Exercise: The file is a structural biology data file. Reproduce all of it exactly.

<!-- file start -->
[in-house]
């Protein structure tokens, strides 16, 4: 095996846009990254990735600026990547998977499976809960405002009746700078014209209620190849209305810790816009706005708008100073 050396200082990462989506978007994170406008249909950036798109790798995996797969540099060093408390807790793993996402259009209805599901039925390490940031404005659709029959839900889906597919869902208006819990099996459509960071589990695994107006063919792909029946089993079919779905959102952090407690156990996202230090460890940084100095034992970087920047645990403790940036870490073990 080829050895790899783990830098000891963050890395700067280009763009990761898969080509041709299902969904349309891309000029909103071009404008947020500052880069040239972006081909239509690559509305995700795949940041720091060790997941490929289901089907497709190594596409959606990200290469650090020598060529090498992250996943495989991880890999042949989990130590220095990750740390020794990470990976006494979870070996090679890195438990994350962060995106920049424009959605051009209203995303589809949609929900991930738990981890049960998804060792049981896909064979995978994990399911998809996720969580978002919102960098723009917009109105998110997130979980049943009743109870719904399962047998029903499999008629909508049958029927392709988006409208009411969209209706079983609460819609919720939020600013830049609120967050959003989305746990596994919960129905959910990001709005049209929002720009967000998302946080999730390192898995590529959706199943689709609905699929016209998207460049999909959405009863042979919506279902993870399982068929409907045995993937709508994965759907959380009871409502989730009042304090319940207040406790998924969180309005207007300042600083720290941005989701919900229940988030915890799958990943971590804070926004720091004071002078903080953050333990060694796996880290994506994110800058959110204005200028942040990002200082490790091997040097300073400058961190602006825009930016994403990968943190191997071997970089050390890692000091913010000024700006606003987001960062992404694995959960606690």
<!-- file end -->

[in-house]
């Protein structure tokens, strides 16, 4: 095996846009990254990735600026990547998977499976809960405002009746700078014209209620190849209305810790816009706005708008100073 050396200082990462989506978007994170406008249909950036798109790798995996797969540099060093408390807790793993996402259009209805599901039925390490940031404005659709029959839900889906597919869902208006819990099996459509960071589990695994107006063919792909029946089993079919779905959102952090407690156990996202230090460890940084100095034992970087920047645990403790940036870490073990 080829050895790899783990830098000891963050890395700067280009763009990761898969080509041709299902969904349309891309000029909103071009404008947020500052880069040239972006081909239509690559509305995700795949940041720091060790997941490929289901089907497709190594596409959606990200290469650090020598060529090498992250996943495989991880890999042949989990130590220095990750740390020794990470990976006494979870070996090679890195438990994350962060995106920049424009959605051009209203995303589809949609929900991930738990981890049960998804060792049981896909064979995978994990399911998809996720969580978002919102960098723009917009109105998110997130979980049943009743109870719904399962047998029903499999008629909508049958029927392709988006409208009411969209209706079983609460819609919720939020600013830049609120967050959003989305746990596994919960129905959910990001709005049209929002720009967000998302946080999730390192898995590529959706199943689709609905699929016209998207460049999909959405009863042979919506279902993870399982068929409907045995993937709508994965759907959380009871409502989730009042304090319940207040406790998924969180309005207007300042600083720290941005989701919900229940988030915890799958990943971590804070926004720091004071002078903080953050333990060694796996880290994506994110800058959110204005200028942040990002200082490790091997040097300073400058961190602006825009930016994403990968943190191997071997970089050390890692000091913010000024700006606003987001960062992404694995959960606690």